It’s been a couple of years since a federal jury convicted Michael Avenatti of attempting to extort Nike, but a new court ruling clarifies that the multibillion-dollar company counts, under the law, as a “victim.”
But Nike isn’t going to get what it sees as full restitution.
On Feb. 14, SDNY Judge Paul Gardephe held that Avenatti owes Nike $260,000. The amount is nearly $600,000 less than what Nike had demanded.
The ruling highlights how attorneys’ fees can rise quickly under a billable arrangement where attorneys might charge more than $1,000 an hour and are paid for their time, including when sitting in on court hearings. The ruling also underscores how courts can question the necessity of certain tasks as they relate to criminal prosecutions.
Avenatti’s dealings with Nike began in March 2019, when he demanded the world’s largest footwear company pay his client, Gary Franklin, $1.5 million and pay Avenatti and another attorney as much as $25 million—or else. Avenatti threatened to hold a March Madness-timed press conference in which he would accuse the company of corruption in college basketball recruiting. The damage, Avenatti told Nike attorneys, would cause Nike’s stock price to drop. “I’ll go take $10 billion off your client’s market cap,” Avenatti warned.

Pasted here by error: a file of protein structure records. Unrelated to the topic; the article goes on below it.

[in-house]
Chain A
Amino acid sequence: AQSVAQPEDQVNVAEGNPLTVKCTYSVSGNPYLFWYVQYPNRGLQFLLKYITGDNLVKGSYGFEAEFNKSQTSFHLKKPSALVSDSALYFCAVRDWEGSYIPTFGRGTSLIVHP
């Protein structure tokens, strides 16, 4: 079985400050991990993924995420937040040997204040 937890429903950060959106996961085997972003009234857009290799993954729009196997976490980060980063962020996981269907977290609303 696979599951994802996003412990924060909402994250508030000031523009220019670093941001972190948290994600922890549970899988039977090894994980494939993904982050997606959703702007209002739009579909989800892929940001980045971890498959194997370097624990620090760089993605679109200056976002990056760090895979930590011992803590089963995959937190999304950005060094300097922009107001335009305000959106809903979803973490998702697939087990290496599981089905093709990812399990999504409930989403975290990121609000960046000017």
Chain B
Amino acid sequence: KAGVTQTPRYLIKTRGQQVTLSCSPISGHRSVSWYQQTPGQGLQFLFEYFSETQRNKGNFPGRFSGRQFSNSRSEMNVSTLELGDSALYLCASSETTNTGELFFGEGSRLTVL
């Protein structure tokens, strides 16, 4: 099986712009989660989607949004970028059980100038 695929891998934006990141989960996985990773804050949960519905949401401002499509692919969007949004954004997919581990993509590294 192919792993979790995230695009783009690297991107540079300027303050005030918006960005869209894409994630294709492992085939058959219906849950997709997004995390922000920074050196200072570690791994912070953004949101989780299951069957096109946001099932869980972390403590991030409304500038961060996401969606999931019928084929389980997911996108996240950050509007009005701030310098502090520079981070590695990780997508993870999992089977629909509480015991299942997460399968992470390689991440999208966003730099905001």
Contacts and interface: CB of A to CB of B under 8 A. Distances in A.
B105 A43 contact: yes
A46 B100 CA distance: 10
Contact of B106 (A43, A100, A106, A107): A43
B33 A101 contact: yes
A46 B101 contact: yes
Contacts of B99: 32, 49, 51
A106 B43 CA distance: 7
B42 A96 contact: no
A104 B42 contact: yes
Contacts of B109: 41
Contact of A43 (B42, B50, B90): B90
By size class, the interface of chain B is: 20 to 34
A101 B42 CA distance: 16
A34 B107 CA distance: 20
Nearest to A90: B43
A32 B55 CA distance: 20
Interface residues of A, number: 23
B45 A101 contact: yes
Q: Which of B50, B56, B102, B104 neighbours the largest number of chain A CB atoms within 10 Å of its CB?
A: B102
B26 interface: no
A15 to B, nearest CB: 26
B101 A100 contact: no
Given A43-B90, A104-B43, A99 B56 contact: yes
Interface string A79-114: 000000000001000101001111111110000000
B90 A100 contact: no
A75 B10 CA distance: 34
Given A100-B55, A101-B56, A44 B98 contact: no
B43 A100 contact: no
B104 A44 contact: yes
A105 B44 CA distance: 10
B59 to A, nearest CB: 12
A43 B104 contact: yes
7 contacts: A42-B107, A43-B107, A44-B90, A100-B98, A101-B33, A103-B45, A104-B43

Franklin, an AAU coach, hired Avenatti after Nike let him go—illegally, Franklin believed. Franklin told Avenatti he refused to partake in alleged bribes of high school basketball stars, in which they would be paid to attend Nike-sponsored college programs.
Although Avenatti had a right to demand that Nike pay Franklin in a settlement of potential legal claims, the demand crossed into troubled waters when it also included Nike paying Franklin’s attorneys as much as 17 times what their client would be paid. Avenatti’s payment would ostensibly reflect him providing a service; in this case, an internal investigation. Avenatti also told Nike the company could pay him and another attorney $22.5 million for no services rendered. In exchange, Nike would secure “full confidentiality” and a pledge the attorneys would “ride off into the sunset.”